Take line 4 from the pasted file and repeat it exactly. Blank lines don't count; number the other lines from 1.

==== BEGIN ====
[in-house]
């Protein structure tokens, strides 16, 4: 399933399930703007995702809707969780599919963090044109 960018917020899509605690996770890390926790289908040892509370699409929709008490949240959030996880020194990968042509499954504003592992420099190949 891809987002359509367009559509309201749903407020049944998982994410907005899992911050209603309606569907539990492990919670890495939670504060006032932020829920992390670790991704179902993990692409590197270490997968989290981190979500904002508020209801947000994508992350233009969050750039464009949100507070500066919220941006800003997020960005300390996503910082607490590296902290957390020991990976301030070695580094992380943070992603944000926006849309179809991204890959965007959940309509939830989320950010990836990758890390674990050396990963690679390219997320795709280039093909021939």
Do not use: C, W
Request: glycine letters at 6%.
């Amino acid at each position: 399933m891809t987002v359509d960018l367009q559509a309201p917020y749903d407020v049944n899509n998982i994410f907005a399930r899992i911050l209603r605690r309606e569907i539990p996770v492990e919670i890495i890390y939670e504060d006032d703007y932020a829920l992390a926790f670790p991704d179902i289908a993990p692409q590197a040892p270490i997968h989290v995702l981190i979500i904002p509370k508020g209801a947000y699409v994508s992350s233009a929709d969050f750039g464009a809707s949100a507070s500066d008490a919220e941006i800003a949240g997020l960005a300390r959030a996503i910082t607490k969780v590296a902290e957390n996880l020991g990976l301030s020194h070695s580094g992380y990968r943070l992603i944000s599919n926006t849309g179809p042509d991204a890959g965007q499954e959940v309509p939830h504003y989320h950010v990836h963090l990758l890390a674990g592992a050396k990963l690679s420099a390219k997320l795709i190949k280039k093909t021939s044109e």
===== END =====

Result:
Request: glycine letters at 6%.